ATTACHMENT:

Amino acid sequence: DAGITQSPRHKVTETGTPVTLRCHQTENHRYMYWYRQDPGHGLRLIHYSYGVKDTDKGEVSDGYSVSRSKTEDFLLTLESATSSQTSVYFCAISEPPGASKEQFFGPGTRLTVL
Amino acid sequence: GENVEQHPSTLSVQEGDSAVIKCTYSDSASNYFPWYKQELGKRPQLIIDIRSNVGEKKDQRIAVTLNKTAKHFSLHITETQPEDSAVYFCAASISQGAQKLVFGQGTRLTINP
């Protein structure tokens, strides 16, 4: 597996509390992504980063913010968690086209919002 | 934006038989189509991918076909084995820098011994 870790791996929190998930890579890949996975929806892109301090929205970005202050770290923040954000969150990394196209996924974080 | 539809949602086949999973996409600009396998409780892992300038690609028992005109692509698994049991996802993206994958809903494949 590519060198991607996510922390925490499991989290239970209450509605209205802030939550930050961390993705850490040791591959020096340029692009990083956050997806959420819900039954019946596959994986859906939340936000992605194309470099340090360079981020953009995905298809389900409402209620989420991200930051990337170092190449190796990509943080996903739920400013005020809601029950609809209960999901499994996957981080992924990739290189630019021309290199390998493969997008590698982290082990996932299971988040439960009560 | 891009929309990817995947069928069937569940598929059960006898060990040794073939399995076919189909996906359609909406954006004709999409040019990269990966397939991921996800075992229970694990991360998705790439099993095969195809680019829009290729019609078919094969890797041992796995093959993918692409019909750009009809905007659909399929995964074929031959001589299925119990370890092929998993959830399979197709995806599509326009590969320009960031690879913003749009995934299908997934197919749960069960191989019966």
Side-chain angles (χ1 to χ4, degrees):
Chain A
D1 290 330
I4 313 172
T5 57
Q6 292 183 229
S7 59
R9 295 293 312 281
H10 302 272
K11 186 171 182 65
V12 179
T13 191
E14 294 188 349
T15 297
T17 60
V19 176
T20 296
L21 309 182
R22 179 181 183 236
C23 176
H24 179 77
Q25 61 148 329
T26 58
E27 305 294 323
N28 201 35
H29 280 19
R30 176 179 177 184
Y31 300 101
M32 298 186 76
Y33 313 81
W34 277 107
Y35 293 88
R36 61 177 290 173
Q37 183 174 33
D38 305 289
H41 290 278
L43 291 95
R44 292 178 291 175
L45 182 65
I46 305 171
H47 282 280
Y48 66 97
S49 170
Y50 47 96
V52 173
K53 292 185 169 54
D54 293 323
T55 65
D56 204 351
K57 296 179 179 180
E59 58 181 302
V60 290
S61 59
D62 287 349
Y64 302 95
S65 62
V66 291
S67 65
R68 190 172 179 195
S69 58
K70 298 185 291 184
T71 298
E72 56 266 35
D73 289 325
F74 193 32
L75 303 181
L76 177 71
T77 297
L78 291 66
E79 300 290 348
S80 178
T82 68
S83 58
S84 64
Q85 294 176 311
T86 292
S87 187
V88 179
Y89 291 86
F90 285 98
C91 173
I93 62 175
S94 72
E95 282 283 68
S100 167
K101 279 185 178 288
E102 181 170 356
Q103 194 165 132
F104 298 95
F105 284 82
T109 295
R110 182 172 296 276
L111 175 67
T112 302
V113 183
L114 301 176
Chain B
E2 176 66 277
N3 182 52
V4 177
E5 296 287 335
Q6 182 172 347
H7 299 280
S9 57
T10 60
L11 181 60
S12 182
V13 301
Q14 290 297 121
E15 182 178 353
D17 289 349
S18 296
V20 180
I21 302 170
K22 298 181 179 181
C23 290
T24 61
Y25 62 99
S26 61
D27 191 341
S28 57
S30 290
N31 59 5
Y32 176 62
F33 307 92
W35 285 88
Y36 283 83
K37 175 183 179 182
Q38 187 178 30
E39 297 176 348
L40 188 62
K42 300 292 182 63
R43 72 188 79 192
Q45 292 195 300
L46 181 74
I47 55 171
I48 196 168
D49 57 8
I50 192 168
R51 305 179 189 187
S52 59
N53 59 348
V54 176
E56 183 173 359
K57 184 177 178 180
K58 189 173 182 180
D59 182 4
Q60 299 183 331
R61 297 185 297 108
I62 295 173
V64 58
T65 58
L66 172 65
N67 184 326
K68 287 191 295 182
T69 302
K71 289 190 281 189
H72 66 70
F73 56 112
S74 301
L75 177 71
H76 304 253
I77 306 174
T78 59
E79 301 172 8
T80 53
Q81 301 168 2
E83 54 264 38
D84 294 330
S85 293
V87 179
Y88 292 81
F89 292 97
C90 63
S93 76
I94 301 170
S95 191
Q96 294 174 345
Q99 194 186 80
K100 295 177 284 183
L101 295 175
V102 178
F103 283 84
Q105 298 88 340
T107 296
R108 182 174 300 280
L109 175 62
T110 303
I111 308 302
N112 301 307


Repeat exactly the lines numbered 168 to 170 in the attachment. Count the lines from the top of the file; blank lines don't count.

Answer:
E79 301 172 8
T80 53
Q81 301 168 2